Last month I had the opportunity to give one of my favorite workshops at a veterans’ symposium. Most of us would prefer to avoid situations that induce fear, with the exception of roller coasters and scary movies. Our instinct says to avoid it and our minds would rather erase it all together.
However, fear is actually a valuable teacher. While it can magnify and consume us, it can also motivate and inspire us. Confronting fear is like using a big fat eraser to remove the lines of a worry box. It’s tempting to stay in the familiar; comfortable feels good but it doesn’t make us grow. I created the “Fear Eraser” workshop to inspire others to go outside the box.
Flying to Kentucky to deliver this workshop, I was struck with an overwhelming sense of discomfort — I was out of my box. I hadn’t worn the military uniform since 1984 and I hadn’t served during war times. So, the idea of talking about erasing fear to those who had gone to war was evoking fear in me!
How would war veterans interpret this teaching? Was my service time too far removed to even mention? Could I relate to these soldiers in a meanginful and significant way? Was “fear” the wrong topic all together? My instincts said to back out, but deep inside I was consumed with wanting to make a difference.
The workshops were run like small groups, with as little as two to as many as fifteen participants. My “Fear Eraser” attracted eight participants. Within minutes of sharing the opening slides, my fear melted away. Their inspirations showed me that they not only wanted to invest in my teaching, they were motivated to confront their fears. Given coping tools to alleviate worry and mindfully unpack war’s fall-out, they sought to release the wounds that were becoming them.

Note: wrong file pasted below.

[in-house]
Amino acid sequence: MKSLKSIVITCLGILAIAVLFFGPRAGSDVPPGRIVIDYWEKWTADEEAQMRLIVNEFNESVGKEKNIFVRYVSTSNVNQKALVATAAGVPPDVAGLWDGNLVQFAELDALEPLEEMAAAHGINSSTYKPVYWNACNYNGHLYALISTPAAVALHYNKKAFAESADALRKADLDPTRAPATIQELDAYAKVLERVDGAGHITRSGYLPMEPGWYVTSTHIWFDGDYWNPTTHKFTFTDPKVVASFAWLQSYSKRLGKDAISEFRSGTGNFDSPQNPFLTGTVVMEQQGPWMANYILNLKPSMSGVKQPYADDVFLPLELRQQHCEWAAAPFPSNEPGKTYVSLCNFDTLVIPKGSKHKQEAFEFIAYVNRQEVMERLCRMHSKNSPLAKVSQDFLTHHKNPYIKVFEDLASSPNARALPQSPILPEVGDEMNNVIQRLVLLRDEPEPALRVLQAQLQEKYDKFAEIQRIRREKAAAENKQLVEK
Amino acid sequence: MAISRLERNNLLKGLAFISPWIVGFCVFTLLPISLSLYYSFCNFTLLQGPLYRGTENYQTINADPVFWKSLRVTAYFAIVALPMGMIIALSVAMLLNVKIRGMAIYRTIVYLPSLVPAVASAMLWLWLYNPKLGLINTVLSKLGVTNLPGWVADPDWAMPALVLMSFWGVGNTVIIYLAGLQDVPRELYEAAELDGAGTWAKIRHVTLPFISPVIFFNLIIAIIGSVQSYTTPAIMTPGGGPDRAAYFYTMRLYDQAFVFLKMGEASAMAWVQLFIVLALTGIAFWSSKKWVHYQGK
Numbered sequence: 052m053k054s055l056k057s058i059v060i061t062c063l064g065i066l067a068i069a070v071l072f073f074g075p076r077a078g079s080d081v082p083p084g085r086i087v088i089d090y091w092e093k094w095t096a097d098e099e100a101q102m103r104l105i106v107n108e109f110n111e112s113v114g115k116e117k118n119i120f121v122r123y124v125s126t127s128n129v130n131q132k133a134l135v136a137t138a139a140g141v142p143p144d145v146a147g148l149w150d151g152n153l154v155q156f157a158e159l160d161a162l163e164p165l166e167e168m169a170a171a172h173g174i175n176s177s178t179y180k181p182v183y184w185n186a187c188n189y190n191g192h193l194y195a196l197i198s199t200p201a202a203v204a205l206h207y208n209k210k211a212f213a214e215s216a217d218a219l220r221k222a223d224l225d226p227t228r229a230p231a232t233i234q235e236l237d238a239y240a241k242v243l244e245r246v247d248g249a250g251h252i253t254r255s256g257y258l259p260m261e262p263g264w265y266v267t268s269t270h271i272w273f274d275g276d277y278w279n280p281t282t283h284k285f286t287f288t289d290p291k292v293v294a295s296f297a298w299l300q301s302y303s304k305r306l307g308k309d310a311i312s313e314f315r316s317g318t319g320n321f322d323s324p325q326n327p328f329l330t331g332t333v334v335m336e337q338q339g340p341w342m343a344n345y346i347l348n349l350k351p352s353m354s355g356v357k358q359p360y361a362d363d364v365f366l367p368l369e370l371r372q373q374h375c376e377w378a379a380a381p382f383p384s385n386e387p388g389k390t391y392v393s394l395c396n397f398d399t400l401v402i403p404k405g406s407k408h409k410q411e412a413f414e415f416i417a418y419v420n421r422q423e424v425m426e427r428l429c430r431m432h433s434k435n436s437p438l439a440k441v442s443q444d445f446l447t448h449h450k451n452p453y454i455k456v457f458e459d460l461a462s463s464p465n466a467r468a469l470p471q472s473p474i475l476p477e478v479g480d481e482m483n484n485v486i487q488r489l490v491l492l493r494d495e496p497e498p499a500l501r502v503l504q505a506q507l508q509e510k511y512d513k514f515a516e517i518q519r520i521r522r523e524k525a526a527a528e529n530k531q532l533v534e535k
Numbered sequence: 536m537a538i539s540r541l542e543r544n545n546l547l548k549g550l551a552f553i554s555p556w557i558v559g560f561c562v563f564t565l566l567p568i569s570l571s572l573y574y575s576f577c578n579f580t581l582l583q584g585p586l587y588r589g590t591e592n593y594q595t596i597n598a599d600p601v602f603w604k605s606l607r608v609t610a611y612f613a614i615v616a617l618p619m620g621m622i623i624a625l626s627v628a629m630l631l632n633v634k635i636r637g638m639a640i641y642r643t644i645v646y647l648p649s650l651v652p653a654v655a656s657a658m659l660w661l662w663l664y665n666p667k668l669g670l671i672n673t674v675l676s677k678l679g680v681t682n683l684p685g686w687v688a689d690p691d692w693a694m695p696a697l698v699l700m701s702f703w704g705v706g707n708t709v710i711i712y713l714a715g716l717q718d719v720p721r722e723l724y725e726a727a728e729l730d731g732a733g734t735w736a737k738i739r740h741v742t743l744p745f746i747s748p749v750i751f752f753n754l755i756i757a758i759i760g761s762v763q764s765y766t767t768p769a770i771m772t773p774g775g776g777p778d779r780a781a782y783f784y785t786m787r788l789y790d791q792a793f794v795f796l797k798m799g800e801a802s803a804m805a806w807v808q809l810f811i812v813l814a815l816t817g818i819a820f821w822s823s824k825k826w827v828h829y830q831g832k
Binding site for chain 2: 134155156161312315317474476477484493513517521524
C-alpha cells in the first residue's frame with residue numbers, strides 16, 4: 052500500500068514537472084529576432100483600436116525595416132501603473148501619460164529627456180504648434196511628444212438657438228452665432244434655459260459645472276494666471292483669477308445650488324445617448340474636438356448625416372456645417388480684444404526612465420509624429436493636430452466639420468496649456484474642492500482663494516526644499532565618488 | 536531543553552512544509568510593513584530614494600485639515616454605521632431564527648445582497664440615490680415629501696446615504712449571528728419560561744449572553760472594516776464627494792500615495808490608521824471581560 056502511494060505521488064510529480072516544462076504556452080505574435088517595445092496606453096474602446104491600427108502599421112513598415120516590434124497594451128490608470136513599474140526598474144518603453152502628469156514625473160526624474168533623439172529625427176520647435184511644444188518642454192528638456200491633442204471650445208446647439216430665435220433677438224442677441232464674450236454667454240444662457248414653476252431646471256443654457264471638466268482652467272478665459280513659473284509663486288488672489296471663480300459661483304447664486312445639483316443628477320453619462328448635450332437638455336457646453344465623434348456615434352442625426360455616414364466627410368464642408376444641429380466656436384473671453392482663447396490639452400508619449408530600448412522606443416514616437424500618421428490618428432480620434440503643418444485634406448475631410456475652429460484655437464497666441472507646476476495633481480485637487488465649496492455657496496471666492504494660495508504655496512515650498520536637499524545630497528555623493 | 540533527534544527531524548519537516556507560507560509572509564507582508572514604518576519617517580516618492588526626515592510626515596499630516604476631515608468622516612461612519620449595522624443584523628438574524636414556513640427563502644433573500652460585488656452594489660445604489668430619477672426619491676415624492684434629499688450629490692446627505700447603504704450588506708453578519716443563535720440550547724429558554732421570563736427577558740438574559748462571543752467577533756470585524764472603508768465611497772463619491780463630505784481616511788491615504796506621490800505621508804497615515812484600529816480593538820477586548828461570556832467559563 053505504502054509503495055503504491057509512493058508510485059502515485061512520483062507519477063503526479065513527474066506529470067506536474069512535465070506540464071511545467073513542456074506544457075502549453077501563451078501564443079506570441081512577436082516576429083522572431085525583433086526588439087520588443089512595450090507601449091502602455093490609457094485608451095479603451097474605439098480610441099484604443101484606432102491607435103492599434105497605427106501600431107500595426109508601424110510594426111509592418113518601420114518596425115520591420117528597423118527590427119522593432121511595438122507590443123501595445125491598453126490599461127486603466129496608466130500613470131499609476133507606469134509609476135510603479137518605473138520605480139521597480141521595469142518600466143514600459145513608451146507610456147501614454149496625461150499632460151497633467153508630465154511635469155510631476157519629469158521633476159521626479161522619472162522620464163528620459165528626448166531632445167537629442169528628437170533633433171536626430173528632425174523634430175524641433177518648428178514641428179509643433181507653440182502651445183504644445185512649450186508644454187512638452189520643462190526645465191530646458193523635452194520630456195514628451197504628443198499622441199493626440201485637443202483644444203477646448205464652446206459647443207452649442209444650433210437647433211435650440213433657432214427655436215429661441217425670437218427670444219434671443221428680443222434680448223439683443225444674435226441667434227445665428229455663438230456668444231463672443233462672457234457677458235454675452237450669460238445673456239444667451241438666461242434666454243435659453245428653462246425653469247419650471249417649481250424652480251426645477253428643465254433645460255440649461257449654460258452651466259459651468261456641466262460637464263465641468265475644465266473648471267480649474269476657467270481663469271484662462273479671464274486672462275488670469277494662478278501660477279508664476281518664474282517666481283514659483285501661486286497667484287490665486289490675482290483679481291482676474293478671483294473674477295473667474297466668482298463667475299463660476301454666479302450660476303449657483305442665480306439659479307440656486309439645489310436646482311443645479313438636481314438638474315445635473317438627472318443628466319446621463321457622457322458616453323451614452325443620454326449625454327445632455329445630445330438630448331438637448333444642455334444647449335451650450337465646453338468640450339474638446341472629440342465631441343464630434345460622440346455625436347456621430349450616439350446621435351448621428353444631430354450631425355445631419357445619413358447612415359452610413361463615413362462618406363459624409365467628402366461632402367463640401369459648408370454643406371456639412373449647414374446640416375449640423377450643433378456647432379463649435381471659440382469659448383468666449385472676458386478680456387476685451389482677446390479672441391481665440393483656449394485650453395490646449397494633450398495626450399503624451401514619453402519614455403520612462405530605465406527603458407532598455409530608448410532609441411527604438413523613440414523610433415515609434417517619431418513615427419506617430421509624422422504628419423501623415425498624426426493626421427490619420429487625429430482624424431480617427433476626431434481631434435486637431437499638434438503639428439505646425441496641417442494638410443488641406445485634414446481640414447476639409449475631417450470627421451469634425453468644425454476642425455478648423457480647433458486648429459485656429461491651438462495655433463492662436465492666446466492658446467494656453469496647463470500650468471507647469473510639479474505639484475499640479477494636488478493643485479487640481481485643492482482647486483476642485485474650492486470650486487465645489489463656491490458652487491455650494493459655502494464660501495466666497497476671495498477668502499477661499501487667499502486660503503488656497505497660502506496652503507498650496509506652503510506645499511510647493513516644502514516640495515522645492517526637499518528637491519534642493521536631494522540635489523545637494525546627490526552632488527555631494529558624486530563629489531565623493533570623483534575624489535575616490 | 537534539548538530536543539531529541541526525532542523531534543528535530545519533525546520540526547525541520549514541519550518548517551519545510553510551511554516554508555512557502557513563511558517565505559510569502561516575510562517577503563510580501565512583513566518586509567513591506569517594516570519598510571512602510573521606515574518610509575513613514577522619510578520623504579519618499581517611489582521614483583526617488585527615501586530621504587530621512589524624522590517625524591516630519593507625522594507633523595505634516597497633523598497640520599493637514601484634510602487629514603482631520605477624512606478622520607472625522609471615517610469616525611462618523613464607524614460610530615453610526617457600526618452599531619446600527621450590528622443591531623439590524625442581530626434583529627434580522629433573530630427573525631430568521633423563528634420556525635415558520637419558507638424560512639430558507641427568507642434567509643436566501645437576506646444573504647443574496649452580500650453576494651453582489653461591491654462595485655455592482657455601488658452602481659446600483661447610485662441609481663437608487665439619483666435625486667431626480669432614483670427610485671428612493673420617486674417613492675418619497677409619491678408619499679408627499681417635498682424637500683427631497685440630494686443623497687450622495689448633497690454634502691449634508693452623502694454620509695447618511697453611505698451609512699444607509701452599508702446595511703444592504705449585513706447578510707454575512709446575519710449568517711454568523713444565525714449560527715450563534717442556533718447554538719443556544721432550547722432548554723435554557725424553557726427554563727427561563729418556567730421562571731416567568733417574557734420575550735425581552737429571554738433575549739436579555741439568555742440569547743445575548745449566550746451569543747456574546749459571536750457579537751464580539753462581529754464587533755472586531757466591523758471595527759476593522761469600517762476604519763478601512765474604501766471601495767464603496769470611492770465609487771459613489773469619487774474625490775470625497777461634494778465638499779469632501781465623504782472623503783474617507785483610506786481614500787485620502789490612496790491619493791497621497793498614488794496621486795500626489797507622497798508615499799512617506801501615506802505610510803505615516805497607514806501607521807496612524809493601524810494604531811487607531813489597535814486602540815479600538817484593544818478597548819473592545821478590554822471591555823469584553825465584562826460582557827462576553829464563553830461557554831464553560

That hour long workshop became a safe zone. Sharing the shame, chaos, guilt and collateral damage they’d tucked inside created a ripple effect. They began peeling off the layers, connecting past traumas to current trauma, grabbing tools to erase fear with faith, giving grace to fail forward, and collecting courage from one another. Fear took on a new face there in that room. Rather than being a force to be reckoned with, it became a teacher of hidden wounds.
As I sit here at home writing another workshop, I’m merging my “fear eraser” concepts with other concepts. The next delivery puts me outside of my box again…perhaps even more so than the last time. Deep inside I am consumed with wanting to make a difference. I can see a big fat eraser in my mind, erasing the lines on that familiar worry box. Orchestrating this upcoming program has been like being on a roller coaster, with ups and downs, and twists and turns. The ride has induced fear while simultaneously inspiring everyone involved in the process. I can’t completely see what’s around the corner, but I’m welcoming this new opportunity to magnify hope in hurting lives.
Get Out of Your Box!